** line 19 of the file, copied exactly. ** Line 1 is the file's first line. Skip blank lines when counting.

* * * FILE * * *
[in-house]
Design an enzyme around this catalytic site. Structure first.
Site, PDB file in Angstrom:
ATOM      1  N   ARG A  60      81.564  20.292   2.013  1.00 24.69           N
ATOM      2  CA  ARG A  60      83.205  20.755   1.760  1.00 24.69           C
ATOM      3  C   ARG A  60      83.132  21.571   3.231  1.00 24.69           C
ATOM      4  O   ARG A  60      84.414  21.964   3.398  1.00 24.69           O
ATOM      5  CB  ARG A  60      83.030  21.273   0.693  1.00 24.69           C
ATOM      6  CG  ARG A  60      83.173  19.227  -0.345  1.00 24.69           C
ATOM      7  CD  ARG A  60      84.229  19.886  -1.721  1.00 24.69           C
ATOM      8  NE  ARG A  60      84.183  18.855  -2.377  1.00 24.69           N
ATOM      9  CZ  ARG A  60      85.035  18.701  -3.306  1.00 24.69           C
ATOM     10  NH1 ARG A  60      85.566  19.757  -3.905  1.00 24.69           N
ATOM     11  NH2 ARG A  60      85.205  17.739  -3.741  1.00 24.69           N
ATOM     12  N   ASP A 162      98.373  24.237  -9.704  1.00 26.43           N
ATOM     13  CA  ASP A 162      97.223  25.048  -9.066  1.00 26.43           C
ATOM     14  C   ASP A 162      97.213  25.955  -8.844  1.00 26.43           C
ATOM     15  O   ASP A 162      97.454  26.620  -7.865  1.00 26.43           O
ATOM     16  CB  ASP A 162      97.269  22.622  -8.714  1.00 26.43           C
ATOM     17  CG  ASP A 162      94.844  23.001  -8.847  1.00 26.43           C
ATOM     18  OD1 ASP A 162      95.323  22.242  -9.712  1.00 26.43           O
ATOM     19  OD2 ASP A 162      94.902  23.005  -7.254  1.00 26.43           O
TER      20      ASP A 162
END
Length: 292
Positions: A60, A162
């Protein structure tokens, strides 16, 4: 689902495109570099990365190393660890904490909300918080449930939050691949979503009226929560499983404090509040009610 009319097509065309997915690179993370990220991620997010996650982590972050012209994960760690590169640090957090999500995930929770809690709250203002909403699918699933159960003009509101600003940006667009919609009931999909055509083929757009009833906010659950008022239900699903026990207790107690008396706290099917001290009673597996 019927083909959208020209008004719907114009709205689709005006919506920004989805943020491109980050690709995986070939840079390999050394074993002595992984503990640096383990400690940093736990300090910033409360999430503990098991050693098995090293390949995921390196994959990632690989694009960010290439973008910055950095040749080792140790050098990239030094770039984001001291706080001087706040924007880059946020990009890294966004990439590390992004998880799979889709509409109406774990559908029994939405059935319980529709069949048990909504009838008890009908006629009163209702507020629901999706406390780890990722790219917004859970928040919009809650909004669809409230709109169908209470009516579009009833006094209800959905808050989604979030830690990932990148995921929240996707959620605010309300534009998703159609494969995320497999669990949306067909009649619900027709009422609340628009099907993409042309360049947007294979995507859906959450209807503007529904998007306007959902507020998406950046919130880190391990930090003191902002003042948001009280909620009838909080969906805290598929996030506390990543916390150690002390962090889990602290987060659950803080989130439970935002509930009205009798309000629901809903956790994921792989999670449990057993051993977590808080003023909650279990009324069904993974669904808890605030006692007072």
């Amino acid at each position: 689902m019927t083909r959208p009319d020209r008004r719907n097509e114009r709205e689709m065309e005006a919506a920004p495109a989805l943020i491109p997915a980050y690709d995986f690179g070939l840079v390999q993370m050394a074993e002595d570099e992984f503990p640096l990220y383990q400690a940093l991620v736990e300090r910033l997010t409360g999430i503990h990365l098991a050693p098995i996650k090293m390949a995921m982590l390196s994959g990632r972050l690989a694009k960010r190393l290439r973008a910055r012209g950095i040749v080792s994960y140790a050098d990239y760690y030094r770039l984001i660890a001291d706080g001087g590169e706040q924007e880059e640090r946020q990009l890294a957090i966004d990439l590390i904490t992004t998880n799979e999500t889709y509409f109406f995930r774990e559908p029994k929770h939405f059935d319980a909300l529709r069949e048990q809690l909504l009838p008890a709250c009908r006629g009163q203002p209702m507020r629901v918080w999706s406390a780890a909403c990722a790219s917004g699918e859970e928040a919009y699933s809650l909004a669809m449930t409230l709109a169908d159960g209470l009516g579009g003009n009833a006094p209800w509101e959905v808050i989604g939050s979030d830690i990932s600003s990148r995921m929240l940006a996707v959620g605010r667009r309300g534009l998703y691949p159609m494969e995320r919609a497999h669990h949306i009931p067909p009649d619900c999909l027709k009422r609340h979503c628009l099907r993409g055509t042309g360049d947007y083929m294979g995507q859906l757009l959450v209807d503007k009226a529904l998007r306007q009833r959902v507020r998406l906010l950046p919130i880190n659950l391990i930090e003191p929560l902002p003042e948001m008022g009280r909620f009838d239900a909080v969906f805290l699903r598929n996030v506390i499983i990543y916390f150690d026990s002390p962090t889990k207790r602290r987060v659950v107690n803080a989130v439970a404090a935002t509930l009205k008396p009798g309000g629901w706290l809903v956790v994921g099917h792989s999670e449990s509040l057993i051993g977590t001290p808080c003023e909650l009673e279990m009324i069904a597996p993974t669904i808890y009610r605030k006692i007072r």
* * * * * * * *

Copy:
ATOM     16  CB  ASP A 162      97.269  22.622  -8.714  1.00 26.43           C